It is a similar predicament to that experienced by the jaded ad-man TIM WEST in BARBER's Taxi Driver 2; watching the car head-lights pass, one after the other, on the road out of town; brooding on how every day at the ad-agency 100, maybe 200, ideas are thought up ... but when I go home at night and lie down they all seem the same. If we are currently undergoing what amounts to a Death of Meaning, as he's so often told, it's a death of overload, of indifference, of ennui. (The video is subtitled not Decline but Recline of the West.) WEST's answer to all this is to go native: at first, to try and emulate the animal magic of ROBERT DE NIRO in SCORCESE and SCHRADER's movie original (every night after work, he attends ROBERT DE NIRO evening classes) then to slip away to the sanctuary of the English countryside in the company of childhood TV figure JOHNNY MORRIS. This collision of English and American myths is wonderfully parodied in the tape's closing shot: WEST driving along with a new Mohican haircut through the green fields of England, declaring Here was a man who stood up, here was a man who would not take it any more.

At the end of The Venetian Ghost, Doge LAUROVICO, with his 250 years of wisdom at his disposal, tries to get through to CHARLIE, decides that even he - a ghost - has a greater grip on reality than most of the people amongst whom he moves. It is a picture of a dying Venice, a parody plague scene, played out without pathos, without tragedy, but in amongst a bright-lit surfeit of consumer and television images. Unable, in any way, to intervene, the ghost makes his peace with this new-style Venice, sits with CHARLIE and his family on the beach, puts on a Walkman and watches the sun go down.

The Assignation

GEORGE SNOW's The Assignation also has its hero a former ruler of Venice, who, furthermore, comes back from the dead, to meet once more with his lover. The video is based - surprisingly faithfully - on an original short story by EDGAR ALLEN POE. More visually complex than BARBER's tape, SNOW fills out the dark Gothic atmosphere of the tale with strikingly colourised sequences of Venice and echoes the rococo aspect of its telling with deft, often comic, embellishments of his own: Pac-Man fishes seen swimming in the canals, incongruous up-to-date costumes, a computer graphic playing round the eyes of a sphinx. Much of this is along similar lines to SNOW's earlier Muybridge Revisited, which danced computer animated MUYBRIDGE figures spectacularly, if somewhat blankly, around a multi-layered, ornamental backdrop. Here, rather than relying solely on fast paced musical backing, the explicit content of POE's narrative provides a springboard and a context for some of these effects to fully hit home.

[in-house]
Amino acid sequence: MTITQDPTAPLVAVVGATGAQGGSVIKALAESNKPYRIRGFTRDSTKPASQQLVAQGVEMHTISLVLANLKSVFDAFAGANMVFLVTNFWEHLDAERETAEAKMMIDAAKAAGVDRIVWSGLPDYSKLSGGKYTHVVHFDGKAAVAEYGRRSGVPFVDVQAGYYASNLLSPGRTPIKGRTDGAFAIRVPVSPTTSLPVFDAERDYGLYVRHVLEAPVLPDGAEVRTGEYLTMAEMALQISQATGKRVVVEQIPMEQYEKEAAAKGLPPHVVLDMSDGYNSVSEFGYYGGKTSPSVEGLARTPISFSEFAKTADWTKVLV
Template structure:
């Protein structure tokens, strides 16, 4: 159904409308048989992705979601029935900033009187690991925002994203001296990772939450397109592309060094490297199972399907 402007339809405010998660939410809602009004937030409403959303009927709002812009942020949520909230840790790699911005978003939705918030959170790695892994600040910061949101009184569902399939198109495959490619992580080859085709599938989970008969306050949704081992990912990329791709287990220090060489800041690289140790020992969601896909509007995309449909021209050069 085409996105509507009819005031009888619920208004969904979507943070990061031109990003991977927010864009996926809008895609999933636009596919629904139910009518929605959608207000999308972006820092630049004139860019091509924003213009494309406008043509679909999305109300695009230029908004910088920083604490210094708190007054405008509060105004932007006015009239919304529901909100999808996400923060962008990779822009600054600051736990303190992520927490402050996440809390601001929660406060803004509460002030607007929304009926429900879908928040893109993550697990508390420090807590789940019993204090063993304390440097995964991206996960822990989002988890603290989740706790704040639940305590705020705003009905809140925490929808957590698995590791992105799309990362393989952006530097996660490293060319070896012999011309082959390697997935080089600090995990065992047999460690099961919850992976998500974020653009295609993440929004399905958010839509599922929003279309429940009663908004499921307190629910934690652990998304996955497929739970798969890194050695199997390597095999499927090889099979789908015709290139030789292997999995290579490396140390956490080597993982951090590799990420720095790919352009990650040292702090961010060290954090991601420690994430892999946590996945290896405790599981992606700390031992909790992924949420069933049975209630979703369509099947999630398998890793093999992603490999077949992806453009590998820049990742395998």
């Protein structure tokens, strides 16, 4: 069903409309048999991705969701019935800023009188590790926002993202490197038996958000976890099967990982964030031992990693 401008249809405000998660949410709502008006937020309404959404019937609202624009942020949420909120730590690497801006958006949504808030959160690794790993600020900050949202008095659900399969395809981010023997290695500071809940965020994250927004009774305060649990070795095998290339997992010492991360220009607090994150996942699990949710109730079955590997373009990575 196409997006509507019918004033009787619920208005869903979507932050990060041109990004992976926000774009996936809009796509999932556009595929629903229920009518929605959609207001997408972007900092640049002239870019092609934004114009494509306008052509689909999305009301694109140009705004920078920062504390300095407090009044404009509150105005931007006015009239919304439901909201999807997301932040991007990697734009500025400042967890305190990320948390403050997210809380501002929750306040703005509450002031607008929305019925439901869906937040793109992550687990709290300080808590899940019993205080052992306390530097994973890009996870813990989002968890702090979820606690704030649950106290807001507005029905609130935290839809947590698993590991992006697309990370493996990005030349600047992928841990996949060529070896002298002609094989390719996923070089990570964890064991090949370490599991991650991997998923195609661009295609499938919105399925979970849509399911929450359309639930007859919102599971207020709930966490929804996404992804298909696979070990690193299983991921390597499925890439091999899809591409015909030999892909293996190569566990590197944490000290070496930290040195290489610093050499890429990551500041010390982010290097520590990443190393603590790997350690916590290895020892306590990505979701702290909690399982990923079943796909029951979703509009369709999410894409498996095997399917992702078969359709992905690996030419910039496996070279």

Tracking the prince, late one night, to his darkened palace, a young man is shown into his apartment and shown around his collection of art; what ECO, in Travels in Hyperreality, would call one of the Wunderkammer of the Renaissance (much of whose thinking now seems re-instated in the dioramas of many contemporary American museums): clashing styles of painting and sculpture from different countries and different centuries are placed side by side; fakes and originals can hardly be told apart; the Venus de Milo is reconstituted - with arms - as she would have been at the time of her creation. For the prince, it is a kind of opium-dream, a fantastic collage in which the properties of Space and Time that normally terrify mankind have at long last been broken apart. For the young man, however, it is over-stimulating chaos: In the architecture and embellishments of the chamber, the evident design had been to dazzle and astound. Little attention had been paid to the decora of what is called keeping ... The eye wandered from object to object and rested upon none. As an early nineteenth century approximation of a contemporary post-modern adage it could hardly be bettered.

In post-modern parlance, BARBER's approach might best be described as parody (even parable) and SNOW's as lavish pastiche: a visual POE-pourri that embellishes the already baroque style of the original story with modern-day video effects; owing much to SNOW's background as a pop-promo director for ART OF NOISE and, before that, as a collage artist in graphic design. In both tapes there is an apparent continuing emphasis on the literary nature of much UK video art. With their explicit textual allusions and self-conscious use of narrative, yet more at the level that allows them a way to keep reimporting ideas into the extemporized visual field that marked out their initial scratch -based tapes. Now that scratch video has lost much of it's original cutting edge and often gets read, at the surface, in a similar way to the seamless flow of televisual images it once did it's best to disrupt, BARBER and SNOW's fragmentary narratives go someway towards recapturing its early ability to startle, provoke and surprise in a less heady, less hectic but perhaps, in the end, more reflective form.

If you'd like to quote something: Bode, Steven. "Dal Ponte dei Sospiri to Eco Beach." Mediamatic Magazine vol. 3 # 1 (1988).